Question: A, a minor fraudulently representing himself to be full age includes B to advance Rs. 10,000 on a simple mortgage of A’s property X of the value of Rs. 15,000. State giving reasons whether: A suit by ‘A’ to set aside the contract will succeed. ‘B’ can in way recover from A the whole or any part… Read More »

Question: A, a minor fraudulently representing himself to be full age includes B to advance Rs. 10,000 on a simple mortgage of A’s property X of the value of Rs. 15,000. State giving reasons whether: A suit by ‘A’ to set aside the contract will succeed. ‘B’ can in way recover from A the whole or any part of the such advanced by him. [BJS 1978] Find the answer to the mains question only on Legal Bites.[A, a minor fraudulently representing himself to be full age includes B...

Question: A, a minor fraudulently representing himself to be full age includes B to advance Rs. 10,000 on a simple mortgage of A’s property X of the value of Rs. 15,000. State giving reasons whether:

  1. A suit by ‘A’ to set aside the contract will succeed.

  2. ‘B’ can in way recover from A the whole or any part of the such advanced by him. [BJS 1978]

Find the answer to the mains question only on Legal Bites.[A, a minor fraudulently representing himself to be full age includes B to advance Rs. 10,000 on a simple mortgage of A’s property X of the value of Rs. 15,000. State giving reasons whether: (a) A suit by ‘A’ to set aside the contract will succeed. (b) …]

Answer

In the case Mohori Bibee v. Dharmodas Ghose [(1908) 21 All 21], it was concluded that any contract that involves a minor will be void ab initio and will follow no consequences. This was the landmark judgment that stated the nature of the minor’s agreement.

So, if a minor enters into a contract, he will not be liable, he will not be asked to compensate for the breach of the contract and he cannot restitute a contract after he becomes a major.

If a minor misrepresents his age and claims to be an adult and also enters into a contract, he can be asked to restore the goods in his possession that were part of the contract, as long as they are in his possession (not sold/given to someone else or converted them) and it is not a consideration (money). If asked to do so otherwise, it would mean enforcing a void contract i.e., a minor’s agreement. ‘A’ being a minor, has no obligation to pay compensation to ‘B’ and there will be no estoppel held against him.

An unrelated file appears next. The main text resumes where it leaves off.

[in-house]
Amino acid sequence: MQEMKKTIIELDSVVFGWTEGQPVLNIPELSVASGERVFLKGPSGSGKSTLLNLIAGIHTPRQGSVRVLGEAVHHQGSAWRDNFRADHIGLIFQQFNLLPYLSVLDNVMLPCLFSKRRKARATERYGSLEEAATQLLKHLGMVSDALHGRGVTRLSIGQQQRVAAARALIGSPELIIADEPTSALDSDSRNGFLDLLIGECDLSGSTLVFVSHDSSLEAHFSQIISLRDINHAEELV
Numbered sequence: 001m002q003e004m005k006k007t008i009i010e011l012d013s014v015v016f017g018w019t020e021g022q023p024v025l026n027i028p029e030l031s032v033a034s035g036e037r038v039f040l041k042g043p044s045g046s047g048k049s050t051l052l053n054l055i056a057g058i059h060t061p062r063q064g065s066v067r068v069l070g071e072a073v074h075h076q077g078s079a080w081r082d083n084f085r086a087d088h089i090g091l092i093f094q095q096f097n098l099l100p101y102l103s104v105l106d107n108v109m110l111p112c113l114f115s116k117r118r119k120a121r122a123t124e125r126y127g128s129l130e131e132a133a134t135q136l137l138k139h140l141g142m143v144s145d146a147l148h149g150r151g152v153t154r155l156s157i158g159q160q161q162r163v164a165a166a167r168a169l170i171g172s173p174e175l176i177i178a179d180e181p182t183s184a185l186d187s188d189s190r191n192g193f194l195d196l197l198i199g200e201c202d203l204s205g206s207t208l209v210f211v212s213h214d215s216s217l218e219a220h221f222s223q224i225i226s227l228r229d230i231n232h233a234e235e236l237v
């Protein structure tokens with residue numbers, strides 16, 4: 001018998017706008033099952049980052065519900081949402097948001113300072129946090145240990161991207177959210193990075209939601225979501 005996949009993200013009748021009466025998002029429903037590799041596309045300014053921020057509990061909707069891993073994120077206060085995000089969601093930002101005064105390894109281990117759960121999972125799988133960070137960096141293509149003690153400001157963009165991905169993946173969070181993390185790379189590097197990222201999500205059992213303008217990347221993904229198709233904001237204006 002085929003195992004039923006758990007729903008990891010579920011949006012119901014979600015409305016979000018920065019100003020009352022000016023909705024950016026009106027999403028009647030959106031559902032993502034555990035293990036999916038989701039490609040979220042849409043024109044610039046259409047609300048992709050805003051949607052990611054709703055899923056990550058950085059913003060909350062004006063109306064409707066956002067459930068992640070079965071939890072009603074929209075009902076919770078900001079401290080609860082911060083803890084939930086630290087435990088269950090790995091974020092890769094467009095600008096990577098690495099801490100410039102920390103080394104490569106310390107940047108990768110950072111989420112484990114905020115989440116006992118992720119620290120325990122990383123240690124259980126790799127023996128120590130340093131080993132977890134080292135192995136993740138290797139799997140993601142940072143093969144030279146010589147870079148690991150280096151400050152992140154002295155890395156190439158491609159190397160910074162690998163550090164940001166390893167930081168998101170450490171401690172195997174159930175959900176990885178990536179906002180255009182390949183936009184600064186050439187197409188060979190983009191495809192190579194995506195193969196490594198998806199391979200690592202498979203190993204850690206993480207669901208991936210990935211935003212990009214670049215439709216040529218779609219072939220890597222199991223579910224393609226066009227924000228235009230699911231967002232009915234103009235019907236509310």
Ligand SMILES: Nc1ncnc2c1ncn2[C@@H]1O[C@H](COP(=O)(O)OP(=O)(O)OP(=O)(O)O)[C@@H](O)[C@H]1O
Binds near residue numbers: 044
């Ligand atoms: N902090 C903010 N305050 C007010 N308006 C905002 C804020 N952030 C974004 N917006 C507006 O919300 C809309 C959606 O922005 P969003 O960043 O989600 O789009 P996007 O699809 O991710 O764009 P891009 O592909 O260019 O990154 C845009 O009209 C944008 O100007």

Similar were the facts as of the present case in Mohori Bibee v. Dharmodas Ghose where Dharmodas Ghose (a minor) mortgaged his property in favour of Mr. Brahmo Dutt (who had the knowledge that the plaintiff was minor). A suit was filed by Dharmodas against Mr. Dutt on the basis that he was a minor and hence the mortgage should be void. The judgment of the case was that any contract that involves a minor will be void ab initio so in this case, the mortgage deed was also void.

Thus, there is no need of filing a suit by ‘A’ to set aside the contract because such agreement between ‘A’ and ‘B’ in lieu of incompetency of one of the parties, ‘A’ being a minor is “void-ab-initio i.e. void since its inception“, hence there is no question of the formation of the contract in the first place.

Secondly, as discussed aforesaid, when the benefit taken by the minor is a monetary benefit, then the opposite party cannot go to court asking refund or compensation of the same. As no estoppels or restitution principles work against the minor’s agreement, ‘B’ has no claim to recover from ‘A’ the whole or any part of the advanced money given to ‘A’.

Thus, a person dealing with a minor has no defense if he reasonably believed the minor to be of full age, or even if the minor has fraudulently misrepresented the age and induced such person to enter into a contract.


Law of Contract Mains Questions Series: Important Questions for Judiciary, APO & University Exams

  1. Law of Contract Mains Questions Series Part-I
  2. Law of Contract Mains Questions Series Part-II
  3. Law of Contract Mains Questions Series Part-III
  4. Law of Contract Mains Questions Series Part-IV
  5. Law of Contract Mains Questions Series Part-V
  6. Law of Contract Mains Questions Series Part-VI
  7. Law of Contract Mains Questions Series Part-VII
  8. Law of Contract Mains Questions Series Part-VIII
  9. Law of Contract Mains Questions Series Part-IX
  10. Law of Contract Mains Questions Series Part-X
Updated On 19 Jan 2022 11:34 PM GMT
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